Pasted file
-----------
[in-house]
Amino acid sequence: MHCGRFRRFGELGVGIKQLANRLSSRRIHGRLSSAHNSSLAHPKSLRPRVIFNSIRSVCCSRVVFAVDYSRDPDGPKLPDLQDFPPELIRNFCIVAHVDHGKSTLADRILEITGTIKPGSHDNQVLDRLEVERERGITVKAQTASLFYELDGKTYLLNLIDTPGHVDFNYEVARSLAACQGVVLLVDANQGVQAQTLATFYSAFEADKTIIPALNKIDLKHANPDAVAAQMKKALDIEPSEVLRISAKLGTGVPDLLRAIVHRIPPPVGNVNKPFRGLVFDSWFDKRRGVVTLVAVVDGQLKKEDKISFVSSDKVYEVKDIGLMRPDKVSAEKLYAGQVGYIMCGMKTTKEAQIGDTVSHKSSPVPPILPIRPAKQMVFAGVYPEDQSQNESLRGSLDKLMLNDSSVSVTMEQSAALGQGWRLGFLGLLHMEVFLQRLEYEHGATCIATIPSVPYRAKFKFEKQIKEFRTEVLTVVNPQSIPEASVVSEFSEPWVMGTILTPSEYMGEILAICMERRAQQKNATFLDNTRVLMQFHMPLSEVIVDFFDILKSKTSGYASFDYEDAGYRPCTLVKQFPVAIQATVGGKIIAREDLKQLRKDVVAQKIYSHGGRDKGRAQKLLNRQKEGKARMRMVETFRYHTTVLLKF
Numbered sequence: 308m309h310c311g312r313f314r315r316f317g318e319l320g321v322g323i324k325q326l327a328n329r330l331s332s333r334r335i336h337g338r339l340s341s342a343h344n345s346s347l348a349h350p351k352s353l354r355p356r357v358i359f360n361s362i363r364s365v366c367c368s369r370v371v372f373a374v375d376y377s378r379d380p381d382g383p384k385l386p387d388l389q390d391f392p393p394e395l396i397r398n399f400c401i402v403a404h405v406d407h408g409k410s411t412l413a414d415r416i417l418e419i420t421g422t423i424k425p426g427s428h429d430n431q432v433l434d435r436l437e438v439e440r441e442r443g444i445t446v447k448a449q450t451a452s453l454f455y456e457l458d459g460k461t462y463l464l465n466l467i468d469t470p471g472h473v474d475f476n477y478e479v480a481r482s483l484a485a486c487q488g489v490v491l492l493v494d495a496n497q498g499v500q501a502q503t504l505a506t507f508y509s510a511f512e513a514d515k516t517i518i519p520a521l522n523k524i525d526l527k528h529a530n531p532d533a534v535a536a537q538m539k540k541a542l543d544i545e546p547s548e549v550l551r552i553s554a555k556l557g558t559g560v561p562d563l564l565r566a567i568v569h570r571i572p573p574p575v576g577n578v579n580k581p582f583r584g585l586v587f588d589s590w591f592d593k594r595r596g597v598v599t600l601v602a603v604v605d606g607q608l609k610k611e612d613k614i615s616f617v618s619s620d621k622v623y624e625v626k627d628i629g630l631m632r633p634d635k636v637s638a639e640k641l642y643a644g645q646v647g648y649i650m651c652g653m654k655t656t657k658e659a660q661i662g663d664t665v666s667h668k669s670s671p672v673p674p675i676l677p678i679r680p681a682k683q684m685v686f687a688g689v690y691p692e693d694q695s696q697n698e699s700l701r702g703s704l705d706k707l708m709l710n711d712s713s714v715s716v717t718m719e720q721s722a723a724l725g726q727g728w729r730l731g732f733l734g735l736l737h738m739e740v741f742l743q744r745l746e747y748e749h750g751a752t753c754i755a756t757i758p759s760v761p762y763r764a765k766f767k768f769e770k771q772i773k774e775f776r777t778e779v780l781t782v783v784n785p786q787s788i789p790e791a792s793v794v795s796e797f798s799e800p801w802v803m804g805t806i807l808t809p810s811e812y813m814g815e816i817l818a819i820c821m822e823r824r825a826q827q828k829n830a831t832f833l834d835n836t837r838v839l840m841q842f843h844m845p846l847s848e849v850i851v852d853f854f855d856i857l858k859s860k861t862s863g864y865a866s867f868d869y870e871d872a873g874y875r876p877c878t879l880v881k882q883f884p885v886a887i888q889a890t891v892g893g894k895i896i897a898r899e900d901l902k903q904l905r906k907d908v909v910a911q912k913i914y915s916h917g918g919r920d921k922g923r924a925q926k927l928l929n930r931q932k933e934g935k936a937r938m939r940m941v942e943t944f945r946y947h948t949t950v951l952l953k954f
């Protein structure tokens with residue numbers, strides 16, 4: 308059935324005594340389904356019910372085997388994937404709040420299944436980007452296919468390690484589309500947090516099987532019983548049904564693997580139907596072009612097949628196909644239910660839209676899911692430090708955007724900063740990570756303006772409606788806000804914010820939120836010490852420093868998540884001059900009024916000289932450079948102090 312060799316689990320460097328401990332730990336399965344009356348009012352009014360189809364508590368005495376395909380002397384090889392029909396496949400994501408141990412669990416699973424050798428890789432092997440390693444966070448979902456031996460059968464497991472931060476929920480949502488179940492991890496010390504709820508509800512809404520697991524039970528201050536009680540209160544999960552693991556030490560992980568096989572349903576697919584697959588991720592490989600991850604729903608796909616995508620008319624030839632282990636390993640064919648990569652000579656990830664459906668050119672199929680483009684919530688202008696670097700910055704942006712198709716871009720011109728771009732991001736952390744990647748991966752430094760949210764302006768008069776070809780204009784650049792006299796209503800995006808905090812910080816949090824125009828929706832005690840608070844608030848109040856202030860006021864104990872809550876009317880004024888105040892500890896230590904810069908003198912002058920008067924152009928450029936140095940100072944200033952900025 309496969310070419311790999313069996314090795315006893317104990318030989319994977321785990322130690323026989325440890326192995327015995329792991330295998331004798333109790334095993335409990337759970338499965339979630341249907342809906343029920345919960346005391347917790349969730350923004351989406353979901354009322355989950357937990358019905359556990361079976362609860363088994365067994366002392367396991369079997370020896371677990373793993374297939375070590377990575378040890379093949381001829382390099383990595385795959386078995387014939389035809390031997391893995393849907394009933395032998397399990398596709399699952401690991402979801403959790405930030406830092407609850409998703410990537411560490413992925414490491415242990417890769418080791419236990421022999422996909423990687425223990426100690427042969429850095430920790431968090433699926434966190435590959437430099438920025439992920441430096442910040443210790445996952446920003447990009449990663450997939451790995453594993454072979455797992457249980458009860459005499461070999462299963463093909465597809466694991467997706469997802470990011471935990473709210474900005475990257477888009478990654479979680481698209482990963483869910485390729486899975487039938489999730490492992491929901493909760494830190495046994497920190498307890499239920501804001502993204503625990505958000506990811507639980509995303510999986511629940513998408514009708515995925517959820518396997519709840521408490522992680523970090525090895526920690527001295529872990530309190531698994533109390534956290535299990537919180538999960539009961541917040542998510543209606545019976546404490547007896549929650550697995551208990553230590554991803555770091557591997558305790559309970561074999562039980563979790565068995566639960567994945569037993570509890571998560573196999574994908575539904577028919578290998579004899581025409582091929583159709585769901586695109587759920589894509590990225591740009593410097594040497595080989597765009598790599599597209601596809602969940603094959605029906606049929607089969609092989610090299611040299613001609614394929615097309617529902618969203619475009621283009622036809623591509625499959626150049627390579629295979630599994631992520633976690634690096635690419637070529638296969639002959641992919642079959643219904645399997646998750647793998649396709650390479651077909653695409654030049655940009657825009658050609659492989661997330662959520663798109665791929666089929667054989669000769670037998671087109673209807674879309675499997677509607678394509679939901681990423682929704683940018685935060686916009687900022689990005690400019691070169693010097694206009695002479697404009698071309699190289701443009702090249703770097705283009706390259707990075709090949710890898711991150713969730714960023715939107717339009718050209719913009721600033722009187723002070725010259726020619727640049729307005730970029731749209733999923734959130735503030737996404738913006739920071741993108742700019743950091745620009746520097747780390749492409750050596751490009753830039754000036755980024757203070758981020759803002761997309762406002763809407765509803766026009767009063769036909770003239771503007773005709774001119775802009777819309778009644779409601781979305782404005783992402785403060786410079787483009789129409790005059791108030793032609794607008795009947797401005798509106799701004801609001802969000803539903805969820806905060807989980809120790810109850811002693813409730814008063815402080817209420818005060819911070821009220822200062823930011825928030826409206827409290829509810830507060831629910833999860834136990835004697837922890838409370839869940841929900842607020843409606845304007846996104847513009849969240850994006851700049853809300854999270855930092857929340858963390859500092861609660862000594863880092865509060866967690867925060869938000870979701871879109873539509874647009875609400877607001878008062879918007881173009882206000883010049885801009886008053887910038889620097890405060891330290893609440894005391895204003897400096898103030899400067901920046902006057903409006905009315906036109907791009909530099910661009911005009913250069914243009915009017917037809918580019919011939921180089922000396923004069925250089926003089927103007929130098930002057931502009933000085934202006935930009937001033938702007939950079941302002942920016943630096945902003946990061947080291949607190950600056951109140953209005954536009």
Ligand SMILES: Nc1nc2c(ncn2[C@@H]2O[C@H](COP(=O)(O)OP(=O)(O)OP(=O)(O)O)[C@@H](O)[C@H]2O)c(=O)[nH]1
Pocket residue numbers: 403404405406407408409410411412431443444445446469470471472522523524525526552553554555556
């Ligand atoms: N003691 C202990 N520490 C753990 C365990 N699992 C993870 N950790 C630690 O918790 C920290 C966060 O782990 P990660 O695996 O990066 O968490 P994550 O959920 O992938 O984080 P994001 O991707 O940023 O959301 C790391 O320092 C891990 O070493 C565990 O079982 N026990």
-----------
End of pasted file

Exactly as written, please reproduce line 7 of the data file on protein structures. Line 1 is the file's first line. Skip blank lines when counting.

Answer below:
């Ligand atoms: N003691 C202990 N520490 C753990 C365990 N699992 C993870 N950790 C630690 O918790 C920290 C966060 O782990 P990660 O695996 O990066 O968490 P994550 O959920 O992938 O984080 P994001 O991707 O940023 O959301 C790391 O320092 C891990 O070493 C565990 O079982 N026990």